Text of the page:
Chris Vein, the CIO for the City and County of San Francisco, recently predicted that social media services may displace government-run websites for many citizen interactions. Chris has played a key role in bringing access to city services to San Francisco's Facebook Page and other sites. I talked with him to... learn more about the role social media can play in local government services and citizen engagement.
A lot of people think of technology as an expensive investment. How are you trying to save money and use technology to provide better services?
It really is [about] the introduction of self-service and [that is] one of the things that we have done with Facebook. Citizens don't have time to come down to city hall, they don't have time to sit and see processes that waste their time; they become very impatient and that's how government gets a bad name.
So it's really trying to figure out ways to make those services available any time, any place and make them cheaper to provide. And so when we do things like allow citizens to pay their parking tickets through a Facebook application, you are allowing citizens to be in more control of their interaction with the government rather than government in control of the interactions.
Some city services could never be provided over the Internet, but what are some of the surprising ways you have been able to use technology?
I think virtually everything can be made more efficient with technology. I think yes, it would be difficult to make garbage collection go away by automating it. However, what you can do is provide more information to citizens on when garbage day is coming and what the parking laws are on particular streets so that people don't get tickets when the garbage truck comes along.
Now that's bad for ticket revenue. But on the other side from a citizen's perspective, we are combining a bunch of technologies in order to allow the citizens to be more in control of their lives and how they interact with the city...in ways that make life easier.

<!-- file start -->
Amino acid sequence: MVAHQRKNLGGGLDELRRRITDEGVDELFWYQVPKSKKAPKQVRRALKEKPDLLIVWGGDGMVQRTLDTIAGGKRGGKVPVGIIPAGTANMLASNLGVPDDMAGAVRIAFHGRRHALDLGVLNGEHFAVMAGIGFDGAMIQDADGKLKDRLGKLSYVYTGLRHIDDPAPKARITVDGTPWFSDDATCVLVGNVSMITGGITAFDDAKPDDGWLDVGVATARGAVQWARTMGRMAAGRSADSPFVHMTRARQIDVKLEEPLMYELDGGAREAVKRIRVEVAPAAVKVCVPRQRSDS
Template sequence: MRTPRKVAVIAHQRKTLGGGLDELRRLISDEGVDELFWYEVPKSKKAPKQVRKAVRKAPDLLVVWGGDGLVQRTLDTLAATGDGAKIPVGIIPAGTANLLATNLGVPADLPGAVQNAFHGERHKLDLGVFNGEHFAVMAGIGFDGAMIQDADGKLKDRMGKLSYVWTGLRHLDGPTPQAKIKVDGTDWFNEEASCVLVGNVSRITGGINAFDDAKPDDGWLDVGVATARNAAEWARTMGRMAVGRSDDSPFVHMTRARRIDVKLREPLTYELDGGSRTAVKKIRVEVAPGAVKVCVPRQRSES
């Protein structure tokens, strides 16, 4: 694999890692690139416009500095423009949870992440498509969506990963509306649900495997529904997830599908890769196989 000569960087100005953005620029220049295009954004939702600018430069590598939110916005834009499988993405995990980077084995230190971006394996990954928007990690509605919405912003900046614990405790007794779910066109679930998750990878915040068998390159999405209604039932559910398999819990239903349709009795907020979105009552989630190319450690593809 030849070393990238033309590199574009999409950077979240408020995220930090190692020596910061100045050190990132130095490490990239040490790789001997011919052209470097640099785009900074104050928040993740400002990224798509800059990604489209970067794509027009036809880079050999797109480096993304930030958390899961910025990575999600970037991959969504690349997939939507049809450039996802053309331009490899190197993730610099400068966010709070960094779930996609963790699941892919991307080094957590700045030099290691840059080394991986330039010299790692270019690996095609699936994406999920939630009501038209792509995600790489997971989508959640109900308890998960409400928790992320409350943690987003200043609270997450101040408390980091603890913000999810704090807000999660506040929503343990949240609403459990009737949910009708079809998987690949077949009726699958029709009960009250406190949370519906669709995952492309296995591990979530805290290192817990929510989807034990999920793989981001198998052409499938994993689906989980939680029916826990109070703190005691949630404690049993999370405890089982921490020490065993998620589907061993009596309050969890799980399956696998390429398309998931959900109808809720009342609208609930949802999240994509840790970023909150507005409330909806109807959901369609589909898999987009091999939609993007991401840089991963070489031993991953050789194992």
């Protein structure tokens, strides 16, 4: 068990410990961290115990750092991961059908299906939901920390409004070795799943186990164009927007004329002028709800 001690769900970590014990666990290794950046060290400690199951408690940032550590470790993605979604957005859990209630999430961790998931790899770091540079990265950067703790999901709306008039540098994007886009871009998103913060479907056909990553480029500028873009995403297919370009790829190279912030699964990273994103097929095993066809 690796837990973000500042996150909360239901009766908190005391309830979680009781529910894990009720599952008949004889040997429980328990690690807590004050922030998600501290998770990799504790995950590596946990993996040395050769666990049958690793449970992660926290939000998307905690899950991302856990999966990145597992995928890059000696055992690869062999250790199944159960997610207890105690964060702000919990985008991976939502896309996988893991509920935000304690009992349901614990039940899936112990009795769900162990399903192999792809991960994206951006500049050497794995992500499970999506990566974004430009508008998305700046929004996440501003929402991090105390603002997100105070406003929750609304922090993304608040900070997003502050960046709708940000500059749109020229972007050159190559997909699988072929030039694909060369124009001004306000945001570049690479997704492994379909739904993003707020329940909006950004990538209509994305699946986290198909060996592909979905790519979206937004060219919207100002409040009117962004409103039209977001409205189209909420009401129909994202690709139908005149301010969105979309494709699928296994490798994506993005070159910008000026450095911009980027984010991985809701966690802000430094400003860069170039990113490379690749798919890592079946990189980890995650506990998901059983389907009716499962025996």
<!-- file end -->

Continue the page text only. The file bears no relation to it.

So it's not just about the services themselves being provided online, it's also about the access to information of the services that helps them become more smooth or efficient.
Exactly. That's also behind all of our efforts [to make] government transparent and hopefully accountable by talking to government agencies and finding out what data sets they have [and] putting them out there.... And it really is an opportunity for the average citizen to have access to the very core data elements that we use to make our decisions.
So from a transparency and accountability standpoint, if we are moving in a direction or taking an interpretation of specific data in a way that public doesn't agree with, they can come up with their own interpretation and challenge this..using social media like the city's Facebook Page.
What has surprised you about your Facebook Page? Is it its size, the kinds of discussions happening on it? Who is responsible for your Facebook Page within your office or within the city?
[We] keep a hands-off approach to it. We have no rules about what can be talked about. Certainly, we have rules around etiquette and those kinds of things. But, it really is an opportunity to put issues that are interesting to citizens out there and let the citizens discuss [issues] with each other and with the city....
I think the best reactions that we get are about quality-of-life issues. Obviously, in a city like San Francisco, there are many sides to that issue and, therefore, many opinions on that issue. When we put those quality-of-life issues out there that are of real importance to the citizens, that's where we see the most use and the best use. I think that's why we have so many people out there, because we are willing to put those tough, thorny political issues out there and let the community talk about them and see where they are....
Many jurisdictions are still looking at social media outlets as something that has to be contained. My belief is that social media and sites like Facebook and Twitter are just new or relatively new portals into the City and County of San Francisco, and they're just like a telephone or just like a fax machine or walk-in [counter]. These sites are ways that people are accessing different services, and we have to get ahead of it.
It seems like that's a discussion that not just your city is having in the County of San Francisco. What advice would you give to other cities about how to take advantage of these tools?
The first thing is don't be afraid of these new applications because our experience is that yes, you always have outliers, but the vast majority of information that's being exchanged is useful, it's positive and you may not always like it, but it does bring a whole new set [of people] into the legislative process that you've never had before.
The second [piece of] advice is to use it as a tool, use it as a way to understand what your constituents are concerned about and what they want from you. Take that information and start building your policies around it, because it is such an efficient way of gauging public support or public desire around the issues.
Third, I think you need somebody who is willing to be in a pothole, if you will, someone who is willing to always talk to everyone about how important these channels like Facebook are to not only the citizens but also to the government and how [they can be] used to make efficient changes to government services.
Adam Conner, an associate manger on Facebook's public policy team, can't wait to be able to pay his parking tickets on Facebook.